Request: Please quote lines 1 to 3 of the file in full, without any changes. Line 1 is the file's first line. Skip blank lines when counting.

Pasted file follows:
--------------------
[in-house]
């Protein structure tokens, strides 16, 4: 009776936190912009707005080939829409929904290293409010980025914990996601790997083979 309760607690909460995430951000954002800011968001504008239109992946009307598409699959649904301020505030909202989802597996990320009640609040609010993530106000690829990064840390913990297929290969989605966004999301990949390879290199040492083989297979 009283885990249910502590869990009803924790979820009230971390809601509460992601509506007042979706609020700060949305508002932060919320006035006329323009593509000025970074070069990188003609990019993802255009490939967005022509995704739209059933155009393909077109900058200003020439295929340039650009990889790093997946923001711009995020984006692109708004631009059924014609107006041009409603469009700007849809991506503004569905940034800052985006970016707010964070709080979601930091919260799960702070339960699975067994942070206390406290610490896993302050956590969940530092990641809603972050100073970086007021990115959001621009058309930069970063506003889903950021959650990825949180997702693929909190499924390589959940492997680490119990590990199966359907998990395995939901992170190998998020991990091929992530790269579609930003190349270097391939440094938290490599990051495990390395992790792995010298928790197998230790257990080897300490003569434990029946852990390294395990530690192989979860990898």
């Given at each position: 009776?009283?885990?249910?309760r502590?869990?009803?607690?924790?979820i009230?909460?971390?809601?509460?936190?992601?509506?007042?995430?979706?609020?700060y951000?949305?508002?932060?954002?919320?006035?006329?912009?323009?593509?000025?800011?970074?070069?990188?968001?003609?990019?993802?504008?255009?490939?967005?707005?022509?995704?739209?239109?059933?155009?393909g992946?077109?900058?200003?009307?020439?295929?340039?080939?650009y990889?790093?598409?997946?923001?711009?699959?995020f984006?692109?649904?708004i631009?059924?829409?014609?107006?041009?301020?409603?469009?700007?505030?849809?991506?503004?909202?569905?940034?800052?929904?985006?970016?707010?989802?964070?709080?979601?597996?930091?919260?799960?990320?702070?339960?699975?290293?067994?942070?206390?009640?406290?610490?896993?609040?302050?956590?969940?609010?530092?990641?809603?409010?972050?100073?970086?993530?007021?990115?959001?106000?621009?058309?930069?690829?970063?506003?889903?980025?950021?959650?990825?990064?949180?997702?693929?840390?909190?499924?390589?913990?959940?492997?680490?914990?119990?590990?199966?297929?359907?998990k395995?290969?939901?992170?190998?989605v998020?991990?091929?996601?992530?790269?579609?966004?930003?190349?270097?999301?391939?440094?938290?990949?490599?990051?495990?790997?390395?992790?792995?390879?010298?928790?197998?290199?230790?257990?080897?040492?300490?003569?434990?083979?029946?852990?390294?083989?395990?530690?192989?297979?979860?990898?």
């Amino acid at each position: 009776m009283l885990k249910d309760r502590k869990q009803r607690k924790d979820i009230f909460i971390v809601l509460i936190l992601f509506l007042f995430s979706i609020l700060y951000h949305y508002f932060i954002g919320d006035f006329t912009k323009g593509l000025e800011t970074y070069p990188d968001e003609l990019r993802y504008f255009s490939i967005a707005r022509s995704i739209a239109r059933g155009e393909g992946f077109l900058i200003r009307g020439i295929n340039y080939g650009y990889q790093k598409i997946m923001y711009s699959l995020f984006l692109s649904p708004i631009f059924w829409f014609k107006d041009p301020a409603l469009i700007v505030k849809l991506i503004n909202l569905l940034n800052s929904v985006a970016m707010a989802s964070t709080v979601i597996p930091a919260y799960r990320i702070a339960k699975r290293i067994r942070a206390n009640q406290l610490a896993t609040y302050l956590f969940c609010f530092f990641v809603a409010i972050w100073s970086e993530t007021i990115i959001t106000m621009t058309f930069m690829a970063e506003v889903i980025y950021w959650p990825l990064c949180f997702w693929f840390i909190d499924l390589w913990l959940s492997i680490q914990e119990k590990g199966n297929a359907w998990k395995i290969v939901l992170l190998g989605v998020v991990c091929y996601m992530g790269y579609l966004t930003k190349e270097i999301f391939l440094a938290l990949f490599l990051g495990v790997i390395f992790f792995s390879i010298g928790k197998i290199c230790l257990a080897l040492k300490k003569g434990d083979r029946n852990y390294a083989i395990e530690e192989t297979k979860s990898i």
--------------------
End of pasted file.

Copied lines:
[in-house]
């Protein structure tokens, strides 16, 4: 009776936190912009707005080939829409929904290293409010980025914990996601790997083979 309760607690909460995430951000954002800011968001504008239109992946009307598409699959649904301020505030909202989802597996990320009640609040609010993530106000690829990064840390913990297929290969989605966004999301990949390879290199040492083989297979 009283885990249910502590869990009803924790979820009230971390809601509460992601509506007042979706609020700060949305508002932060919320006035006329323009593509000025970074070069990188003609990019993802255009490939967005022509995704739209059933155009393909077109900058200003020439295929340039650009990889790093997946923001711009995020984006692109708004631009059924014609107006041009409603469009700007849809991506503004569905940034800052985006970016707010964070709080979601930091919260799960702070339960699975067994942070206390406290610490896993302050956590969940530092990641809603972050100073970086007021990115959001621009058309930069970063506003889903950021959650990825949180997702693929909190499924390589959940492997680490119990590990199966359907998990395995939901992170190998998020991990091929992530790269579609930003190349270097391939440094938290490599990051495990390395992790792995010298928790197998230790257990080897300490003569434990029946852990390294395990530690192989979860990898």
């Given at each position: 009776?009283?885990?249910?309760r502590?869990?009803?607690?924790?979820i009230?909460?971390?809601?509460?936190?992601?509506?007042?995430?979706?609020?700060y951000?949305?508002?932060?954002?919320?006035?006329?912009?323009?593509?000025?800011?970074?070069?990188?968001?003609?990019?993802?504008?255009?490939?967005?707005?022509?995704?739209?239109?059933?155009?393909g992946?077109?900058?200003?009307?020439?295929?340039?080939?650009y990889?790093?598409?997946?923001?711009?699959?995020f984006?692109?649904?708004i631009?059924?829409?014609?107006?041009?301020?409603?469009?700007?505030?849809?991506?503004?909202?569905?940034?800052?929904?985006?970016?707010?989802?964070?709080?979601?597996?930091?919260?799960?990320?702070?339960?699975?290293?067994?942070?206390?009640?406290?610490?896993?609040?302050?956590?969940?609010?530092?990641?809603?409010?972050?100073?970086?993530?007021?990115?959001?106000?621009?058309?930069?690829?970063?506003?889903?980025?950021?959650?990825?990064?949180?997702?693929?840390?909190?499924?390589?913990?959940?492997?680490?914990?119990?590990?199966?297929?359907?998990k395995?290969?939901?992170?190998?989605v998020?991990?091929?996601?992530?790269?579609?966004?930003?190349?270097?999301?391939?440094?938290?990949?490599?990051?495990?790997?390395?992790?792995?390879?010298?928790?197998?290199?230790?257990?080897?040492?300490?003569?434990?083979?029946?852990?390294?083989?395990?530690?192989?297979?979860?990898?």